by Gesina M. Seiler
The adage “old habits die hard” seems particularly applicable to a rash of lawsuits recently filed and settled by the Equal Employment Opportunity Commission (EEOC). There is no shortage of cases such as these, and they are good reminders that strong antidiscrimination and antiharassment policies, ongoing training, and stringent oversight are absolutely essential for an employer to avoid becoming a defendant.
First up: A Wisconsin employer agreed to pay $140,000 to settle an age discrimination and retaliation lawsuit filed by the EEOC on behalf of two employees. The agency alleged that the company essentially fired the employees for having a birthday—or more accurately, for having too many birthdays.
Stack Bros. Mechanical Contractors is a heating and plumbing contractor operating in northern Wisconsin and Minnesota. Randy Virta, a service manager, and Karen Kolodzeske, a bookkeeper, worked for the company for 16 and 25 years, respectively.
Virta’s employment was terminated on February 14, 2014, allegedly because he turned 62. In May 2014, Kolodzeske objected to the company’s plan to fire her at 62, saying it was illegal to terminate her employment because of her age.
Stack Bros. retaliated against her by docking her pay and informing her that her position would be changed to part-time and that she would have to reinterview to keep her position. In September 2014, Kolodzeske turned 62, and her employment was terminated.
The EEOC filed a lawsuit against Stack Bros. claiming the company discriminated against Virta and Kolodzeske by firing them simply because they turned 62. The consent decree settling the lawsuit prohibits Stack Bros. from engaging in discrimination in the future and requires it to pay $95,000 to Virta and $35,000 to Kolodzeske.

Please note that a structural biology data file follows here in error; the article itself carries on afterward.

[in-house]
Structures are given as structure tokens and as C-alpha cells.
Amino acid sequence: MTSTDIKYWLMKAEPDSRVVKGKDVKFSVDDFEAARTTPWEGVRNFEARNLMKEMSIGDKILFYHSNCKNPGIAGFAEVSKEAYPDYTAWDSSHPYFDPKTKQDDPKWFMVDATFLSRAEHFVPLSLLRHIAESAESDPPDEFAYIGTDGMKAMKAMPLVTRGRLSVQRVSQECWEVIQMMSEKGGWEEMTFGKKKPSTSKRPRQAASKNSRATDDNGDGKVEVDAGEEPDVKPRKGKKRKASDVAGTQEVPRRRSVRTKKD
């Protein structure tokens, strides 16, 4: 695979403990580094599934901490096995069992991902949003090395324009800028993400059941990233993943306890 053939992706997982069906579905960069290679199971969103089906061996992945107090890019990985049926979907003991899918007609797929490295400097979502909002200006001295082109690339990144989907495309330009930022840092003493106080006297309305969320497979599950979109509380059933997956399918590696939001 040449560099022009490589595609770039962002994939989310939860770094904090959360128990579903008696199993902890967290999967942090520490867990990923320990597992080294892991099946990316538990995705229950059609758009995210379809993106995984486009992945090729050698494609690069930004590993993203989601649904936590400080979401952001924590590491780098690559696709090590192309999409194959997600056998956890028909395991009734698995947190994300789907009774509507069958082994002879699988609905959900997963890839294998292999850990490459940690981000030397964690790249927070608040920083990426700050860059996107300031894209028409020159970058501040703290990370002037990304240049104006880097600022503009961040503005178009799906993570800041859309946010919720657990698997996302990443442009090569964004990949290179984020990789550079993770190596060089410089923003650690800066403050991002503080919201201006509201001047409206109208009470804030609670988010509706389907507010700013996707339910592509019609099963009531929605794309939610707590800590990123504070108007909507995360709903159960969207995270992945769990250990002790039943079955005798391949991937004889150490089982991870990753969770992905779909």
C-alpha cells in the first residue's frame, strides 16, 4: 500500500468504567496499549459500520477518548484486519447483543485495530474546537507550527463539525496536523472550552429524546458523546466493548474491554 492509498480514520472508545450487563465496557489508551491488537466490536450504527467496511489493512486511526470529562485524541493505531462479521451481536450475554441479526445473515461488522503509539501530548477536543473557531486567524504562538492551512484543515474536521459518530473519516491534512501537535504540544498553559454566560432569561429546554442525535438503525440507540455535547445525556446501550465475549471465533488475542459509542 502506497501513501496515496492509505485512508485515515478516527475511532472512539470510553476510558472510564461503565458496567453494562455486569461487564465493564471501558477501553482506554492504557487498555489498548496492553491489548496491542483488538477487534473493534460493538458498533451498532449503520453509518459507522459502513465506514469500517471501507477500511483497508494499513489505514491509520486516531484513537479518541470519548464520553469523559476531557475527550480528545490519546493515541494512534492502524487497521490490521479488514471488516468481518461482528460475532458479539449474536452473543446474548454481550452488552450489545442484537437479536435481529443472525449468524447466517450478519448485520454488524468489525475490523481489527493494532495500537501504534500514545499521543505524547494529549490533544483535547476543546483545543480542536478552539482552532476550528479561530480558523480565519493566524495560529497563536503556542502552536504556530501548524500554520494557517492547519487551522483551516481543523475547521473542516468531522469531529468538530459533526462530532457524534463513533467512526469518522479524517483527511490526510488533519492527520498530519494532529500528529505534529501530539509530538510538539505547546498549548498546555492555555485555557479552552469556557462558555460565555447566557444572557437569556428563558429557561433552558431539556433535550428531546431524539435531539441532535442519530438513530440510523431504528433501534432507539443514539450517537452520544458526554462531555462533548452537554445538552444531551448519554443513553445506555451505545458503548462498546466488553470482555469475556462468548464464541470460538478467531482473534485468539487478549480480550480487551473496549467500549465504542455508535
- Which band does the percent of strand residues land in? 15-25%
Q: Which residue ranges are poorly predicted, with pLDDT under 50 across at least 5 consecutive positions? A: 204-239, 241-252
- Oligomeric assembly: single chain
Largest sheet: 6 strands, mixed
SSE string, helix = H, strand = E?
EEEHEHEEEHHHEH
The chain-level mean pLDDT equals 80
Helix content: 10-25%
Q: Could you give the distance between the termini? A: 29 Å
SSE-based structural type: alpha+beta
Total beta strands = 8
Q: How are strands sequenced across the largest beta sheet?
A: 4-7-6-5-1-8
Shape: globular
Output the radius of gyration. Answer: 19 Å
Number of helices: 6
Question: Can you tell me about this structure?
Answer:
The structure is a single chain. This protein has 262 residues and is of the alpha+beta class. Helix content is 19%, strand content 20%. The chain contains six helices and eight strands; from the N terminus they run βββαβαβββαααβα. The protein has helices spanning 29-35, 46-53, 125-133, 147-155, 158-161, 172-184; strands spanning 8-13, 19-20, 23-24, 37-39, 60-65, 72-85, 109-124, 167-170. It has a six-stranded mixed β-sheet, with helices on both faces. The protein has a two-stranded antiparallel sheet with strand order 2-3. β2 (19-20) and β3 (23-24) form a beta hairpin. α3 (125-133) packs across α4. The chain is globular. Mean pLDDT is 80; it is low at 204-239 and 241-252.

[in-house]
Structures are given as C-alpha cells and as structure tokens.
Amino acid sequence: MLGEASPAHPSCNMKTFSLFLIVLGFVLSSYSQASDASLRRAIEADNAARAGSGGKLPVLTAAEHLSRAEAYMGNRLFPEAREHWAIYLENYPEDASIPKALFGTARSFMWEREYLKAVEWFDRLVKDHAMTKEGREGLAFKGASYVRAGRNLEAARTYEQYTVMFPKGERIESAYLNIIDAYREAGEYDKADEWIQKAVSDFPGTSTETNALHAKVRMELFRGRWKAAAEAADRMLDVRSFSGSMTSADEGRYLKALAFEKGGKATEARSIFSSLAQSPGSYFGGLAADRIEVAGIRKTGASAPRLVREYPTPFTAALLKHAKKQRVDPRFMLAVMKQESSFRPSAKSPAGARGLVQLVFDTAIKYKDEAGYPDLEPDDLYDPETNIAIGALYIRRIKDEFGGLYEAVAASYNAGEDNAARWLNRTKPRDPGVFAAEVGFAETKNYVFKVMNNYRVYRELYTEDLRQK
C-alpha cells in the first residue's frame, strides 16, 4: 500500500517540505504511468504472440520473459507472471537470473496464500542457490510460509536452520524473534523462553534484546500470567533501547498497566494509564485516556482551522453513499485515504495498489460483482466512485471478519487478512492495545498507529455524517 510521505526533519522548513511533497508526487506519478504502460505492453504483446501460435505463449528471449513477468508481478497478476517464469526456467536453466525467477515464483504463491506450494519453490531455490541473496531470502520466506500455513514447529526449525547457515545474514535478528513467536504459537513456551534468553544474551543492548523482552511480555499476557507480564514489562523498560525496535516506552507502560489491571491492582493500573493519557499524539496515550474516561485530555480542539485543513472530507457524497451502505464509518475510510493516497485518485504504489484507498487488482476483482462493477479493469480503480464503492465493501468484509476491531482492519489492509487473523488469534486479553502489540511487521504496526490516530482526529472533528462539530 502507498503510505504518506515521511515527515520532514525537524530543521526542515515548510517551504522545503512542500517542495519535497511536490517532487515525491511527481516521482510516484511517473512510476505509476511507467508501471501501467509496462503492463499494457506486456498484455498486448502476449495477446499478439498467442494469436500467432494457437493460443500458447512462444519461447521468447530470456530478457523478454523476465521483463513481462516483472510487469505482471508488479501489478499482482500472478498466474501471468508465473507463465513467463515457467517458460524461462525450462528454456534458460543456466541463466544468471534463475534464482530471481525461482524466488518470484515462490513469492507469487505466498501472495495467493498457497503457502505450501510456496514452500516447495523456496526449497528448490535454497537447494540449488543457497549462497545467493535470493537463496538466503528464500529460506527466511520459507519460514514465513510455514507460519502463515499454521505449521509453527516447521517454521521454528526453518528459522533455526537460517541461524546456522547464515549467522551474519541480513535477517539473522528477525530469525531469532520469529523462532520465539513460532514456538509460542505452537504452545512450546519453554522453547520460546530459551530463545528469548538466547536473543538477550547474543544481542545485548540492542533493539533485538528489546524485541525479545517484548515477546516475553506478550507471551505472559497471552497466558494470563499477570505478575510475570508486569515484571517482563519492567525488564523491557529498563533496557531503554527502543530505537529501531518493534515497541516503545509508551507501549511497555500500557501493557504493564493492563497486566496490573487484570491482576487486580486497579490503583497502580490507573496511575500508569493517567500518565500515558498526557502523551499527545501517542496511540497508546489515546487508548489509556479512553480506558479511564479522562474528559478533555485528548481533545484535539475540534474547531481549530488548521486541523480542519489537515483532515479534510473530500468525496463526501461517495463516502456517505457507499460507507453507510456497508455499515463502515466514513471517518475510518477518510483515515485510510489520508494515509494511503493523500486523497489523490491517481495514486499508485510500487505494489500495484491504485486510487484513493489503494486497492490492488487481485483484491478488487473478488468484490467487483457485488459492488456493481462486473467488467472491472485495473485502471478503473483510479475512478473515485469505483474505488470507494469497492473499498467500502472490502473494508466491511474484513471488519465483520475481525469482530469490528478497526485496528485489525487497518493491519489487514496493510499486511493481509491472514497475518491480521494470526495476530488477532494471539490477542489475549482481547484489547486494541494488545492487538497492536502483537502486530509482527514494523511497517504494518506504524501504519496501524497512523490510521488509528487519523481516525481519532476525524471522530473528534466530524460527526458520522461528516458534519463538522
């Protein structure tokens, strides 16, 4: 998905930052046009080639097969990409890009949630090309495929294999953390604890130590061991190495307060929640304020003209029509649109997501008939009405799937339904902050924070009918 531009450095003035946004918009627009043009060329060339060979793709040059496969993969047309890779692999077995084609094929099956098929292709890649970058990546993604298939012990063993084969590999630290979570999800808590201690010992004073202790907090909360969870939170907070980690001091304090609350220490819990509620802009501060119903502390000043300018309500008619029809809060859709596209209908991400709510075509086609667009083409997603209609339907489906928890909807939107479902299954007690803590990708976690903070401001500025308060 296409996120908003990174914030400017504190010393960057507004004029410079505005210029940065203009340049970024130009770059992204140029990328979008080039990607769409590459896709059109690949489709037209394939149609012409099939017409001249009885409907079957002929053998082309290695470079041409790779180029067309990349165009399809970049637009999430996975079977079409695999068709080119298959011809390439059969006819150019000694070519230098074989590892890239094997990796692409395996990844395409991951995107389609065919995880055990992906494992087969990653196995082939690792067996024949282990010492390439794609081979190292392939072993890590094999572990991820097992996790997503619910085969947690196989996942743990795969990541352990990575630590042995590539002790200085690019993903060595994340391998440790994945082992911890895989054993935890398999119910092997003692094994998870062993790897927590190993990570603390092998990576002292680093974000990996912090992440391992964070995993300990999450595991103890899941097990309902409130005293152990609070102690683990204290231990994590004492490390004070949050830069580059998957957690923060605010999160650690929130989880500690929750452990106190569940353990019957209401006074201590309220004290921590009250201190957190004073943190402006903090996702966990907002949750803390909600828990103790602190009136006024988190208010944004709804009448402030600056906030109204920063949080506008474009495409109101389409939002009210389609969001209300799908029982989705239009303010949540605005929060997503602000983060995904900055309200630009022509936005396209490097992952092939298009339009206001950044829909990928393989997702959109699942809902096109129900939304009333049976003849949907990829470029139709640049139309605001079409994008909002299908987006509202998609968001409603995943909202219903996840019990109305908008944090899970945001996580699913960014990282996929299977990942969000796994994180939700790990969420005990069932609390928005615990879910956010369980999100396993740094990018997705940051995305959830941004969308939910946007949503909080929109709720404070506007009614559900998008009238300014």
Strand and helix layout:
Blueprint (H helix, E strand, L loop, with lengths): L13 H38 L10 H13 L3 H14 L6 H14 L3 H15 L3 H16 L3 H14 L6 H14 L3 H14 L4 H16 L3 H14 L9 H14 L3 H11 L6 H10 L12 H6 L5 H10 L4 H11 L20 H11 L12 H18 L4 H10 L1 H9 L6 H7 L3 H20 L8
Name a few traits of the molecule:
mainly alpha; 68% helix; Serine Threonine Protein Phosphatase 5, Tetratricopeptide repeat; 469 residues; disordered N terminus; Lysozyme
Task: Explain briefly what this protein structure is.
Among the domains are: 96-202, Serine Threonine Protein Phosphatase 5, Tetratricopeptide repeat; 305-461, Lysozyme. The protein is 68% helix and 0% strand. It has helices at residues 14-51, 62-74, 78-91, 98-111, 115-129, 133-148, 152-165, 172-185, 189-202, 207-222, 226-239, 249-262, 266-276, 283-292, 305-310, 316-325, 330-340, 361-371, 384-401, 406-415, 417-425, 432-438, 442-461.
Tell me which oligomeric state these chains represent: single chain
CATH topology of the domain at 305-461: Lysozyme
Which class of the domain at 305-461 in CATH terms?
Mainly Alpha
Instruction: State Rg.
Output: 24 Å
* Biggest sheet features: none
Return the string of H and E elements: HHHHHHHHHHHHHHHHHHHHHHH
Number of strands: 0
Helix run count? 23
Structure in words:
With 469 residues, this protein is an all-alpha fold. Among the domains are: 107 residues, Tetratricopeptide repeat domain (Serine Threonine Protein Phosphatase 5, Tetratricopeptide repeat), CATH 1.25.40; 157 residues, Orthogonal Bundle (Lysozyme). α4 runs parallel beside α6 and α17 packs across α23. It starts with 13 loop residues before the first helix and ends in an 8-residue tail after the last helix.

In addition, the company must pay $10,000 of the employees’ attorneys’ fees and train its managers and employees on its obligations and employees’ rights under the Age Discrimination in Employment Act (ADEA).
Sexual Harassment and Retaliation
Smokin’ Spuds, Inc., and Farming Technology, Inc., are integrated potato-packing companies operating in Colorado. According to the EEOC, supervisor Samuel Valdez engaged in sexually inappropriate behavior, including making sexual comments and gestures, propositioning female employees, touching female employees’ buttocks and breasts, and pulling a female employee onto his lap on at least one occasion. Complaints to management went unheeded, and in some circumstances, female employees were fired after complaining. As a result, the harassment continued for years.
The EEOC claimed the employees were subjected to regular verbal sexual harassment and unwelcome physical contact. The agency also claimed that the companies unlawfully discharged three female employees in retaliation for refusing to submit to the harassment or complaining about the harassment to management.
In addition to paying $450,000 in monetary damages, Smokin’ Spuds and Farming Technology are subject to a 3-year consent decree that stops them from engaging in employment practices that discriminate on the basis of sex (including sexual harassment) and retaliating against employees who oppose such practices.
The companies must report their compliance with the decree to the EEOC. The consent decree requires the companies to:
- Provide extensive training on employment discrimination laws for employees, supervisors, and HR personnel;
- Send letters of regret to the affected women;
- Post a notice regarding employees’ right to be free from harassment and retaliation;
- Distribute equal employment opportunity policies; and
- Establish a consent decree monitor with various oversight responsibilities.
In tomorrow’s Advisor, we cover a few more cases that are strong examples of why antiharassment and antidiscrimination training are crucial.